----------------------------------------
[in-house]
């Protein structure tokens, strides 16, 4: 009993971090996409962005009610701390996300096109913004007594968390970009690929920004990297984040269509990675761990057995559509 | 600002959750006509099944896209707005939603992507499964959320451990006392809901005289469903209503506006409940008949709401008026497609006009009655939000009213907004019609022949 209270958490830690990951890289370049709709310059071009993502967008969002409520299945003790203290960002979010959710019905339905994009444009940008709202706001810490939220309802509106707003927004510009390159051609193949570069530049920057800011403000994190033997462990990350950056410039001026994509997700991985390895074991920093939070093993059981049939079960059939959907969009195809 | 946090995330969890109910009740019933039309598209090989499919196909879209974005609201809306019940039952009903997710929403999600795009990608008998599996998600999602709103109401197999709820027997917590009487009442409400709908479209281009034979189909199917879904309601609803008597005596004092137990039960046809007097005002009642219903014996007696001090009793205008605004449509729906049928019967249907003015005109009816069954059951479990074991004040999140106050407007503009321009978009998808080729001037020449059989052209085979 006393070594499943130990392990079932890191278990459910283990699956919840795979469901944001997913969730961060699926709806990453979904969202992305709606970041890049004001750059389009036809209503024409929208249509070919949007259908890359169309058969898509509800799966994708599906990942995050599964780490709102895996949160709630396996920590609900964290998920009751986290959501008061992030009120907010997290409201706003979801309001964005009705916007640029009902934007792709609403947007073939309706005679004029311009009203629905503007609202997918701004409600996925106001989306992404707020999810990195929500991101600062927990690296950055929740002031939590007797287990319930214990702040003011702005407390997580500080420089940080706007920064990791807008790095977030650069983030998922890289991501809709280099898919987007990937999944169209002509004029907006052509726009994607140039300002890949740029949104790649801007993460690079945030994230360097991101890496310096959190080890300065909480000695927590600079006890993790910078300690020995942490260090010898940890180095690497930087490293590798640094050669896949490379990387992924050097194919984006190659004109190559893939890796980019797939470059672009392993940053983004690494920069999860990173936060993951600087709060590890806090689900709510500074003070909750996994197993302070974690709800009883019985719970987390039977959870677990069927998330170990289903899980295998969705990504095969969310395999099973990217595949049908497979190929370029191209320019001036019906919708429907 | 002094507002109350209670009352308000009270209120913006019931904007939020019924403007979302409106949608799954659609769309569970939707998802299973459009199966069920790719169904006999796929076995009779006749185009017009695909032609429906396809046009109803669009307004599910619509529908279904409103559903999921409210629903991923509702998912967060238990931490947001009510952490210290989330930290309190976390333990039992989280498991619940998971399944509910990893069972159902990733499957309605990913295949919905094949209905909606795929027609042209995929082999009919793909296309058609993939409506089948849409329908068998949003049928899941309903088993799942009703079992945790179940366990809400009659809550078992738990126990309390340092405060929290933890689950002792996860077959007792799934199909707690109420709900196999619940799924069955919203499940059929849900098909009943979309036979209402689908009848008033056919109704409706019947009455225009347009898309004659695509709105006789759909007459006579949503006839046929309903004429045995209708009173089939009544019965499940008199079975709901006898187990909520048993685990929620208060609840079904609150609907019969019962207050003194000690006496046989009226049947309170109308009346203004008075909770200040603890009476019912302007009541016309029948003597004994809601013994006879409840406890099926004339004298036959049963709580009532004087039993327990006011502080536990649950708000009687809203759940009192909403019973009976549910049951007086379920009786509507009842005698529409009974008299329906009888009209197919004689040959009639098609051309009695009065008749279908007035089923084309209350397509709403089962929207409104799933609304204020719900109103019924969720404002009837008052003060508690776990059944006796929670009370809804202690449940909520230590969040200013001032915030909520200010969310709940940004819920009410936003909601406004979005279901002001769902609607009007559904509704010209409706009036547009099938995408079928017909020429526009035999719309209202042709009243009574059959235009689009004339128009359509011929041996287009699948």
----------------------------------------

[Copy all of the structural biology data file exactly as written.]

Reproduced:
[in-house]
């Protein structure tokens, strides 16, 4: 009993971090996409962005009610701390996300096109913004007594968390970009690929920004990297984040269509990675761990057995559509 | 600002959750006509099944896209707005939603992507499964959320451990006392809901005289469903209503506006409940008949709401008026497609006009009655939000009213907004019609022949 209270958490830690990951890289370049709709310059071009993502967008969002409520299945003790203290960002979010959710019905339905994009444009940008709202706001810490939220309802509106707003927004510009390159051609193949570069530049920057800011403000994190033997462990990350950056410039001026994509997700991985390895074991920093939070093993059981049939079960059939959907969009195809 | 946090995330969890109910009740019933039309598209090989499919196909879209974005609201809306019940039952009903997710929403999600795009990608008998599996998600999602709103109401197999709820027997917590009487009442409400709908479209281009034979189909199917879904309601609803008597005596004092137990039960046809007097005002009642219903014996007696001090009793205008605004449509729906049928019967249907003015005109009816069954059951479990074991004040999140106050407007503009321009978009998808080729001037020449059989052209085979 006393070594499943130990392990079932890191278990459910283990699956919840795979469901944001997913969730961060699926709806990453979904969202992305709606970041890049004001750059389009036809209503024409929208249509070919949007259908890359169309058969898509509800799966994708599906990942995050599964780490709102895996949160709630396996920590609900964290998920009751986290959501008061992030009120907010997290409201706003979801309001964005009705916007640029009902934007792709609403947007073939309706005679004029311009009203629905503007609202997918701004409600996925106001989306992404707020999810990195929500991101600062927990690296950055929740002031939590007797287990319930214990702040003011702005407390997580500080420089940080706007920064990791807008790095977030650069983030998922890289991501809709280099898919987007990937999944169209002509004029907006052509726009994607140039300002890949740029949104790649801007993460690079945030994230360097991101890496310096959190080890300065909480000695927590600079006890993790910078300690020995942490260090010898940890180095690497930087490293590798640094050669896949490379990387992924050097194919984006190659004109190559893939890796980019797939470059672009392993940053983004690494920069999860990173936060993951600087709060590890806090689900709510500074003070909750996994197993302070974690709800009883019985719970987390039977959870677990069927998330170990289903899980295998969705990504095969969310395999099973990217595949049908497979190929370029191209320019001036019906919708429907 | 002094507002109350209670009352308000009270209120913006019931904007939020019924403007979302409106949608799954659609769309569970939707998802299973459009199966069920790719169904006999796929076995009779006749185009017009695909032609429906396809046009109803669009307004599910619509529908279904409103559903999921409210629903991923509702998912967060238990931490947001009510952490210290989330930290309190976390333990039992989280498991619940998971399944509910990893069972159902990733499957309605990913295949919905094949209905909606795929027609042209995929082999009919793909296309058609993939409506089948849409329908068998949003049928899941309903088993799942009703079992945790179940366990809400009659809550078992738990126990309390340092405060929290933890689950002792996860077959007792799934199909707690109420709900196999619940799924069955919203499940059929849900098909009943979309036979209402689908009848008033056919109704409706019947009455225009347009898309004659695509709105006789759909007459006579949503006839046929309903004429045995209708009173089939009544019965499940008199079975709901006898187990909520048993685990929620208060609840079904609150609907019969019962207050003194000690006496046989009226049947309170109308009346203004008075909770200040603890009476019912302007009541016309029948003597004994809601013994006879409840406890099926004339004298036959049963709580009532004087039993327990006011502080536990649950708000009687809203759940009192909403019973009976549910049951007086379920009786509507009842005698529409009974008299329906009888009209197919004689040959009639098609051309009695009065008749279908007035089923084309209350397509709403089962929207409104799933609304204020719900109103019924969720404002009837008052003060508690776990059944006796929670009370809804202690449940909520230590969040200013001032915030909520200010969310709940940004819920009410936003909601406004979005279901002001769902609607009007559904509704010209409706009036547009099938995408079928017909020429526009035999719309209202042709009243009574059959235009689009004339128009359509011929041996287009699948």